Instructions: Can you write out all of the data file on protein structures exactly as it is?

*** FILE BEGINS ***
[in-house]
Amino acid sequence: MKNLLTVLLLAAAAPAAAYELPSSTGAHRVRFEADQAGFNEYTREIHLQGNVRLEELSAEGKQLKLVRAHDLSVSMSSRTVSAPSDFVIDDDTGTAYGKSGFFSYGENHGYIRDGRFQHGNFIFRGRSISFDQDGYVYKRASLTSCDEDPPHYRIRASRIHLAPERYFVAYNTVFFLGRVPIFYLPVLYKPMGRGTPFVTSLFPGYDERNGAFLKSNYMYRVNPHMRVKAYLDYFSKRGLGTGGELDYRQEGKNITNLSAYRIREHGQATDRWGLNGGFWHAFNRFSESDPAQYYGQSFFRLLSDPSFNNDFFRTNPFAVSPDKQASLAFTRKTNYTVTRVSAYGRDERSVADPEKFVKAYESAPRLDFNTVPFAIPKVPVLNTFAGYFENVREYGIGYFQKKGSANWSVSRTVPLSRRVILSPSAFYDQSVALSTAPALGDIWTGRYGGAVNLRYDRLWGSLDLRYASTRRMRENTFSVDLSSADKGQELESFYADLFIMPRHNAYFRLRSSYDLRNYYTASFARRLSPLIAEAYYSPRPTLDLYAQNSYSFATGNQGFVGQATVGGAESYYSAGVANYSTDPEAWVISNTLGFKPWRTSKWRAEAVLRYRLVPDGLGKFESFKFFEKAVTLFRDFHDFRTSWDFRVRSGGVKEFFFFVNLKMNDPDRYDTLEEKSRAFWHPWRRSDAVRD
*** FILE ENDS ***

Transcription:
[in-house]
Amino acid sequence: MKNLLTVLLLAAAAPAAAYELPSSTGAHRVRFEADQAGFNEYTREIHLQGNVRLEELSAEGKQLKLVRAHDLSVSMSSRTVSAPSDFVIDDDTGTAYGKSGFFSYGENHGYIRDGRFQHGNFIFRGRSISFDQDGYVYKRASLTSCDEDPPHYRIRASRIHLAPERYFVAYNTVFFLGRVPIFYLPVLYKPMGRGTPFVTSLFPGYDERNGAFLKSNYMYRVNPHMRVKAYLDYFSKRGLGTGGELDYRQEGKNITNLSAYRIREHGQATDRWGLNGGFWHAFNRFSESDPAQYYGQSFFRLLSDPSFNNDFFRTNPFAVSPDKQASLAFTRKTNYTVTRVSAYGRDERSVADPEKFVKAYESAPRLDFNTVPFAIPKVPVLNTFAGYFENVREYGIGYFQKKGSANWSVSRTVPLSRRVILSPSAFYDQSVALSTAPALGDIWTGRYGGAVNLRYDRLWGSLDLRYASTRRMRENTFSVDLSSADKGQELESFYADLFIMPRHNAYFRLRSSYDLRNYYTASFARRLSPLIAEAYYSPRPTLDLYAQNSYSFATGNQGFVGQATVGGAESYYSAGVANYSTDPEAWVISNTLGFKPWRTSKWRAEAVLRYRLVPDGLGKFESFKFFEKAVTLFRDFHDFRTSWDFRVRSGGVKEFFFFVNLKMNDPDRYDTLEEKSRAFWHPWRRSDAVRD